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Jean-Yves Gilg

Editor, Solicitors Journal

Cheap talk?

Cheap talk?


Claimants should take the duty to negotiate under the 41st update to the Civil Procedure Rules 1998 very seriously or risk a hefty cost bill. Peter Lindsay and Victoria Handley explain

A hugely important change was made to para 4.7 of the practice direction on pre-action protocols by the 41st Update of the Civil Procedure Rules 1998. It read:

'The parties should consider whether some form of alternative dispute resolution procedure would be more suitable than litigation, and if so, endeavour to agree which form to adopt.... The courts take the view that litigation should be the last resort, and that claims should not be issued prematurely when a settlement is still actively being explored. Parties are warned that, if the protocol is not followed (including this paragraph), then the court must have regard to such conduct when determining costs.'

Complying with the rule

The new rule has been in place since April 2006, and it is now vital that both parties actively explore discussion and negotiation before issuing proceedings, particularly in relation to quantum disputes. The consequence of failing to follow the protocol and to endeavour actively to find alternative ways to settle the dispute is that the courts are willing to make cost orders. As there is a marked uplift in costs when proceedings are issued for both parties, failing to make proper efforts to settle a case without the need or proceedings can have the effect of the courts limiting claimant costs to predictive costs (in RTA cases) and, for defendant insurers, a significant increase in the level of costs they have to pay if standard costs apply.

As the parties have an obligation to comply with the overriding objective and the pre-action protocol, it is incumbent on them to disclose reasons for a rejected offer and make counter-proposals. They must be able to demonstrate that they have exhausted reasonable negotiations when they make offers of settlement and entered into discussions where agreement is not possible to narrow the issues in dispute. Special damages should, where possible, be backed up with documentation in support, and agreed and settled as early as possible. Constructive negotiations mean determining which aspects of an offer are agreed and which are not, and why. While ADR may not always be suitable for personal injury claims, it is incumbent on the parties at least to consider it in terms of negotiation between themselves, or in terms of formal court-based mediation. Simply making offers without due consideration will no longer adequately satisfy the court that all attempts at settlement have been made.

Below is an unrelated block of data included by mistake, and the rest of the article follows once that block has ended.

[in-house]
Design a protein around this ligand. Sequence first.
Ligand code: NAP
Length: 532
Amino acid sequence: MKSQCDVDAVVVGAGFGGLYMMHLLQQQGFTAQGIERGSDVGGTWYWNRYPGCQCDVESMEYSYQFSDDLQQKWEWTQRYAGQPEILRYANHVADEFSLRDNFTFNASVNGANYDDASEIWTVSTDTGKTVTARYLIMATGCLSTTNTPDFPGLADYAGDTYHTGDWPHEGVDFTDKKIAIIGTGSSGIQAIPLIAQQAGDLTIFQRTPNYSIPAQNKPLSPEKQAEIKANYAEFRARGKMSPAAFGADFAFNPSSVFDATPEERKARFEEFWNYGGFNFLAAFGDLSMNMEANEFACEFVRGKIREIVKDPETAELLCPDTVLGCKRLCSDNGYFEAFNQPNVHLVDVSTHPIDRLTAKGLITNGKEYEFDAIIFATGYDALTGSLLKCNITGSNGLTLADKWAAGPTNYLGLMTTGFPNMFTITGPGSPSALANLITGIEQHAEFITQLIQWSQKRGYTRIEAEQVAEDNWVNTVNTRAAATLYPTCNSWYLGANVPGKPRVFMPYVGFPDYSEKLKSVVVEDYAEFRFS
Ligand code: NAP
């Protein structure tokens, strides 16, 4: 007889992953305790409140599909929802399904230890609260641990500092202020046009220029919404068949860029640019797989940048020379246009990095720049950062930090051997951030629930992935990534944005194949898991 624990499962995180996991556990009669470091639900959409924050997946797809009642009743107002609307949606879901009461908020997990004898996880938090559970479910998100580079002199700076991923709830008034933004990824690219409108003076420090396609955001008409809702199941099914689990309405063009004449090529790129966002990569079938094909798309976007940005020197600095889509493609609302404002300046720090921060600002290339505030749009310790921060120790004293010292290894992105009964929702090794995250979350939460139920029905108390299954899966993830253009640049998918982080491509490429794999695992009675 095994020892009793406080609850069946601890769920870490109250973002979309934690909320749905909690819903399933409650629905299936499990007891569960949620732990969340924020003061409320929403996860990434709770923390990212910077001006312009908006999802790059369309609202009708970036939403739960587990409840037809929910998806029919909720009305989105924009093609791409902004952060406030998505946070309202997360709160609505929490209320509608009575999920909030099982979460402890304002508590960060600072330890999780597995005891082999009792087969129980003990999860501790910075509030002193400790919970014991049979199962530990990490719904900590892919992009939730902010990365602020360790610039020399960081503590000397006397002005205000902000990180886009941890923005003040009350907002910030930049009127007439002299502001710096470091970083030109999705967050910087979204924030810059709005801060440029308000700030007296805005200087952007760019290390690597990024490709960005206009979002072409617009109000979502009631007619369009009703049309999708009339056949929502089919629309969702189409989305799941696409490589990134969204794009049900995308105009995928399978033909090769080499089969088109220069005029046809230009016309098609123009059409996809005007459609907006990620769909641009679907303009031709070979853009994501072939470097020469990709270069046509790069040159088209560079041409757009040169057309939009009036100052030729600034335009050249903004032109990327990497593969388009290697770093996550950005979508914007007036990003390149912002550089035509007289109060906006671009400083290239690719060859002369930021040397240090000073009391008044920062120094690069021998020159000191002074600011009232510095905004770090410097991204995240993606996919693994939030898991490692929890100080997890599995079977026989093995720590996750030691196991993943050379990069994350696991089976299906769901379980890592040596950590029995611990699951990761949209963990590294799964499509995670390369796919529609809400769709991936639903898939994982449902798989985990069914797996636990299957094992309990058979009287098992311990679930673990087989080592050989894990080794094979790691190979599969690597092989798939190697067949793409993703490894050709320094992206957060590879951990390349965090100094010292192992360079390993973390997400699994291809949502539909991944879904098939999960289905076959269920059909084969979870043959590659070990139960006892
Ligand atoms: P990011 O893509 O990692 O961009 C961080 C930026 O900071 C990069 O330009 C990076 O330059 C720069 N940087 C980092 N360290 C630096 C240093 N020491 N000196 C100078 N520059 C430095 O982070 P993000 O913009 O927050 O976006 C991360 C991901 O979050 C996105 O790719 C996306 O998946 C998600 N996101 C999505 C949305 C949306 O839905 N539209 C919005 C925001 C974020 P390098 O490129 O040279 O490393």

If the court can be persuaded that proceedings are premature and/or the claimant failed to enter into reasonable negotiations, the claimant runs the genuine risk of having their costs restricted to predictive costs. If the defendant can also demonstrate that not only would settlement have been achievable by a pre-issue exchange of offers, but that defence costs would have been saved, the court may award costs against the claimant. Seeking defence costs on the basis that, but for the claimant's conduct, the defendant would not have instructed solicitors, places the claimant at a very real risk in terms of an adverse cost award.

Courts' approach

This onus on negotiation is demonstrated by the courts' stance in Butcher v Wolfe [1999] 1 FLR 334 at 342A, which was concerned with Part 36 offers, 'why were the offers rejected, why was this case fought?'. Here the defendant made an offer to settle before action which was initially refused by the claimant but then accepted during the proceedings after the judge had said he was going to take that offer into account. The court awarded costs against the claimant. Farmer v Dix (2006), claim no 5RG08511, was an unreported first instance decision where the court's view was that the claimant's solicitors had acted unreasonably in issuing proceedings and thus only recovered predictable costs. In addition, the defendant was awarded costs for attending the assessment hearing. In Binch v Freeman (2005) CC (Unreported, 06.12.05), the court reasoned that, while the claimant should not have issued proceedings, since by doing so her solicitors had acted prematurely, the subsequent costs incurred by the defendant had been brought upon himself by his own inactivity following commencement of the action, so he had not been entitled to recover his costs. In Reid v The Capita Group Plc [2005] EWHC 2448, the claimant was ordered to pay the defendant's costs on discontinuance of proceedings where it had been premature for the claimant to issue proceedings in order to obtain disclosure of documentation and there had been insufficient notice of the proceedings to the defendant. It was clear, from the correspondence, that the claimant had supplied large amounts of the material sought. It was not reasonable to issue proceedings without a letter before action and it was only after issue that the claimant actually identified the particular documents sought.

No complacency

The parties therefore need to be mindful of the reasons for issuing proceedings and ask why offers are rejected. The onus is on the parties to take stock of the position pre-litigation and ensure full and frank compliance with the Protocol has taken place. The parties are now required to make more effort to discuss the issues, rather than partake of short exchanges of correspondence, while offers of settlement need to be genuine offers of settlement. Rejections should be backed by reasons for such a rejection and, where possible, counter-proposals. Neither party can afford to be complacent about negotiation and the need to explore all settlement options.